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We know that there are combinations of Cetasikas that are used to identify different Cittas. I want to know how to determine Cetasikas in a naama who is having the udaya waya gana (or steps ahead like bhanga khana). If we consider one naama, there are multiple cetasikas in different amounts.If a person can see naama with their meditation power, how they ditermine what are the Cetasikas in one naama and what are the amounts were there.

As a example, lets suppose that the meditator had a "somanassa sahagatha Khana(Gana) sampayuthha asankarika" citta (This is having 17 naama). How to determine what are the cetasikas were at each of 17 naama, out of 52 cetasikas? We know there must be Aloba, Adosa and Amoha cetasikas in naamas at previously mentioned citta, but how to determine the amount or the power of these cetasikas?

I think it must be a really tough exercise and very tricky one to the meditator.

I would like to know the strategy in step by step. I need abidhamma expert's answer.

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    The recognized spelling for the word I think you are looking for is "cetasika". I don't recognize either "kshana" or "bangurathwa", though I imagine them to be Sinhalese corruptions of Pali/Sanskrit terms. Please try to find the correct Pali/Sanksrit spellings if possible, otherwise most of us cannot help you. – yuttadhammo Aug 21 '15 at 16:57
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    @Gurusinghe I changed your question quite a bit. See if it is the same thing you wanted to ask. – Sankha Kulathantille Aug 21 '15 at 18:46
  • @Sankha Thank you! In visuddi magga, Bhanga khana is step ahead to the Udaya waya khana(Gana). I thought Udaya waya khana is enough to determine Cetasikas.... – Gurusinghe Aug 23 '15 at 1:55
  • @Ven. Yuttadhammo, I'm very sorry for putting those words and my poor English venerable sir. But I didn't know any other way to express them. – Gurusinghe Aug 23 '15 at 2:27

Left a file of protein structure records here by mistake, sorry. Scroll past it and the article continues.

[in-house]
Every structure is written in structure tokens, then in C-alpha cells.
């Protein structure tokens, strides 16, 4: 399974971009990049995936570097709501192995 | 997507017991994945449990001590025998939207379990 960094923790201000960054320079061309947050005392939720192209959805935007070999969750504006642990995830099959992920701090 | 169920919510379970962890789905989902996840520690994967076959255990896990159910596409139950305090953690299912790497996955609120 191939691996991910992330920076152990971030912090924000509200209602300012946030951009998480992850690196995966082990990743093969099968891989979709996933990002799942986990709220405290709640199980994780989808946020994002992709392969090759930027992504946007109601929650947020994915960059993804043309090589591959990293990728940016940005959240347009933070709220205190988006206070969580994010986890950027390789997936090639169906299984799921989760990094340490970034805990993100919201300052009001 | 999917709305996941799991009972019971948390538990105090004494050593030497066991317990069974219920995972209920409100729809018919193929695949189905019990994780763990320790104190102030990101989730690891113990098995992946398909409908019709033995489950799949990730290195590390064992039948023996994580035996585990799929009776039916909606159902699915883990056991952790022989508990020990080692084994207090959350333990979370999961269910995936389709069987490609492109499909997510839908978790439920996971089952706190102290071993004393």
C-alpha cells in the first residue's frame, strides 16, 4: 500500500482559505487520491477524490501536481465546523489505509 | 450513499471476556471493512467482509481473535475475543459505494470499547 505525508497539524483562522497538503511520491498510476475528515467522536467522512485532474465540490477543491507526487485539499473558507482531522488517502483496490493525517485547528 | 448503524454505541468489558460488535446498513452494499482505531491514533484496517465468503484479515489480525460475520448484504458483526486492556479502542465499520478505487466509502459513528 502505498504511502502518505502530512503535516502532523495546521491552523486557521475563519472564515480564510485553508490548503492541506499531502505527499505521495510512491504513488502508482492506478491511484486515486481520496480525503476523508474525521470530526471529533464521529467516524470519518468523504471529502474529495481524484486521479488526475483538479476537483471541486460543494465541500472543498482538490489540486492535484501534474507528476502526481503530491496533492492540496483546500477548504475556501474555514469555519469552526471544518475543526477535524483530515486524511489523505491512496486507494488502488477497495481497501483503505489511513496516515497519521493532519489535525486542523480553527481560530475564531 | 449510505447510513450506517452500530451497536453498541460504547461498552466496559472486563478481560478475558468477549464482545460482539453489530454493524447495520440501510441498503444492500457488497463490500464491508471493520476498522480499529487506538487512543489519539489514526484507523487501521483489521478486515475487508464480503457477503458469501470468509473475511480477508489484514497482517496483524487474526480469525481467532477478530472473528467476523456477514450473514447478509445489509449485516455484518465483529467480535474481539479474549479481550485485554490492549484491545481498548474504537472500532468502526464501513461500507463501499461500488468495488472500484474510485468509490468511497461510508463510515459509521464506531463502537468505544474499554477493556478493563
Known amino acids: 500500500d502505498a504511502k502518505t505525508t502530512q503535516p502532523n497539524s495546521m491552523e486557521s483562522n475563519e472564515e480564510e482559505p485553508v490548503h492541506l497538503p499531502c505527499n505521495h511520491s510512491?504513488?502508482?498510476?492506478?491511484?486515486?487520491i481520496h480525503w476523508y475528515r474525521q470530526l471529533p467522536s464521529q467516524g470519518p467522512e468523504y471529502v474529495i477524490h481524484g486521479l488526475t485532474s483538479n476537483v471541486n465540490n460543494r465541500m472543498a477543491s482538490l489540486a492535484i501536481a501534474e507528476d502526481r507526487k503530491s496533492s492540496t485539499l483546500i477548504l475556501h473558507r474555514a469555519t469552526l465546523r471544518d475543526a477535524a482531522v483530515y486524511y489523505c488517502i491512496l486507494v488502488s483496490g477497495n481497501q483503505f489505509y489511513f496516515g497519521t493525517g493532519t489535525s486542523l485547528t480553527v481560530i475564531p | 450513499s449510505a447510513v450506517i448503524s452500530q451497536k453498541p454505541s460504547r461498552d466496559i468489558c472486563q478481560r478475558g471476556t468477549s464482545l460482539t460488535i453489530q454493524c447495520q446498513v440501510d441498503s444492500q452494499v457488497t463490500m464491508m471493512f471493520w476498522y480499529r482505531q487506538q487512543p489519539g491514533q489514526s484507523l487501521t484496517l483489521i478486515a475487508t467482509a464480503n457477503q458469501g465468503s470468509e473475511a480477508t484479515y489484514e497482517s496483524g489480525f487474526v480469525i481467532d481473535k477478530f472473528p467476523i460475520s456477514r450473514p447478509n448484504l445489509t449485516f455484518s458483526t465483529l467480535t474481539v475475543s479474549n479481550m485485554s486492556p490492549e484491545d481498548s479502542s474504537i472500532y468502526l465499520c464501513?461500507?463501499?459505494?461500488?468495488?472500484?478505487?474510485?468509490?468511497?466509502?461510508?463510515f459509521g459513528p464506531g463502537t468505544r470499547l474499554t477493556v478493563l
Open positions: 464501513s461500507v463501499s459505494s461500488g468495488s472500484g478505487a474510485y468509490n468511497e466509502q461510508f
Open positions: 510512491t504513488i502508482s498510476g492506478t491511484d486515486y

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I am an Abhidhamma teacher. I am going to try and help you.

You are asking how to identify the list of cetasika within a nāma and the intensity of the various cetasika.

An Abhidhamma text such as the Abhidhammattha Sangaha will provide the list of cetasika. You mentioned "somanassasahagata ñāṇasampayutta asaṅkhārika" (accompanied by joy, associated with knowledge, unprompted) as an example. Chapter 2, paragraph 23 of the Abhidhammattha Sangaha indicates that there are 38 cetasika in this nāma.

You are asking about how to identify cetasika as part of a meditative practice. Here is a relevant quote from the Milindapañha, "If a man were to take a handful of water from the ocean and tasting it could say, ‘This water is from the Ganges, this from the Jumna, this from the Gandak, this from the Sarabhu, and this from the Mahi.’ More difficult than this is the distinguishing of those mental states that accompany any one of the senses."

In the Anupada Sutta (MN 111), the Buddha praised Sāriputta for being able to recognize the cetasika accompanying jhāna states.

In brief, I do not think that it is practical to expect to be able to identify the cetasika in a nāma as part of your meditative practice.

You also asked about identifying the intensity of the various cetasika within a nāma. You are correct that varying the intensity of the cetasika provides a very different experience of the nāma, however the Abhidhamma does not differentiate levels of intensity, except in the most broad of terms (because of kamma-result condition "vipākapaccaya", consciousness and the mental factors of the resultant nāma are passive and weak).

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  • Great, Thank you! But I don't understand how Milindapañha is related with cetasika in a nāma. – Gurusinghe Aug 24 '15 at 8:06
  • In the Milindapañha quote, "distinguishing of those mental states that accompany any one of the senses" is the same as saying "identifying the cetasika in a nāma" (in other words, almost impossible). In the Sutta, the Buddha had great praise for Sāriputta ("wise, of great discernment, deep discernment, wide... joyous... rapid... quick... penetrating discernment") because after two weeks of being in jhāna, Sāriputta was able to identify the cetasika. If it took two weeks of jhāna concentration for Sāriputtta to identify the cetasika, what hope do you and I have? Easier to look in the book :-) – RobM Aug 24 '15 at 8:24
  • :) Excellent answer. I thought sometimes it could be a Buddha's khana to determine cetasikas and their intensity in a naama. – Gurusinghe Aug 24 '15 at 8:30
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Although i am not an expert, but i like to mention some facts.
Chathasikas collectively determine as Chitta(Naama).
"Banga " is current situation of "Chitta -(Naama-roopa)".